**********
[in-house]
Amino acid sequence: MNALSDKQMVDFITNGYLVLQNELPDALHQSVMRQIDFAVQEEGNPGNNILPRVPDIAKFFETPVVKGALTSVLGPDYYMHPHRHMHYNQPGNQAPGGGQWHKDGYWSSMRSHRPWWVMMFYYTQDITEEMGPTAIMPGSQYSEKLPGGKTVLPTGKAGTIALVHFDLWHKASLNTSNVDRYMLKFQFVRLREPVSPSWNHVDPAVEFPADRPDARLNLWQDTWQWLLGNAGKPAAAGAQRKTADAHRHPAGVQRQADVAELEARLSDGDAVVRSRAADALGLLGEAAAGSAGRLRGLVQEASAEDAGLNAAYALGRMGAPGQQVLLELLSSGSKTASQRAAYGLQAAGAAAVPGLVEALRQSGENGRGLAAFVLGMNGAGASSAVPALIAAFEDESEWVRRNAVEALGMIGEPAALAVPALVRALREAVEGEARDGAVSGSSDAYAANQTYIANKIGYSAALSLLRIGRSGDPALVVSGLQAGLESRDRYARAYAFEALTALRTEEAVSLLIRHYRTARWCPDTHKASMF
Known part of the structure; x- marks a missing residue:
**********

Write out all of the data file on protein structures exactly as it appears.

[in-house]
Amino acid sequence: MNALSDKQMVDFITNGYLVLQNELPDALHQSVMRQIDFAVQEEGNPGNNILPRVPDIAKFFETPVVKGALTSVLGPDYYMHPHRHMHYNQPGNQAPGGGQWHKDGYWSSMRSHRPWWVMMFYYTQDITEEMGPTAIMPGSQYSEKLPGGKTVLPTGKAGTIALVHFDLWHKASLNTSNVDRYMLKFQFVRLREPVSPSWNHVDPAVEFPADRPDARLNLWQDTWQWLLGNAGKPAAAGAQRKTADAHRHPAGVQRQADVAELEARLSDGDAVVRSRAADALGLLGEAAAGSAGRLRGLVQEASAEDAGLNAAYALGRMGAPGQQVLLELLSSGSKTASQRAAYGLQAAGAAAVPGLVEALRQSGENGRGLAAFVLGMNGAGASSAVPALIAAFEDESEWVRRNAVEALGMIGEPAALAVPALVRALREAVEGEARDGAVSGSSDAYAANQTYIANKIGYSAALSLLRIGRSGDPALVVSGLQAGLESRDRYARAYAFEALTALRTEEAVSLLIRHYRTARWCPDTHKASMF
Known part of the structure; x- marks a missing residue: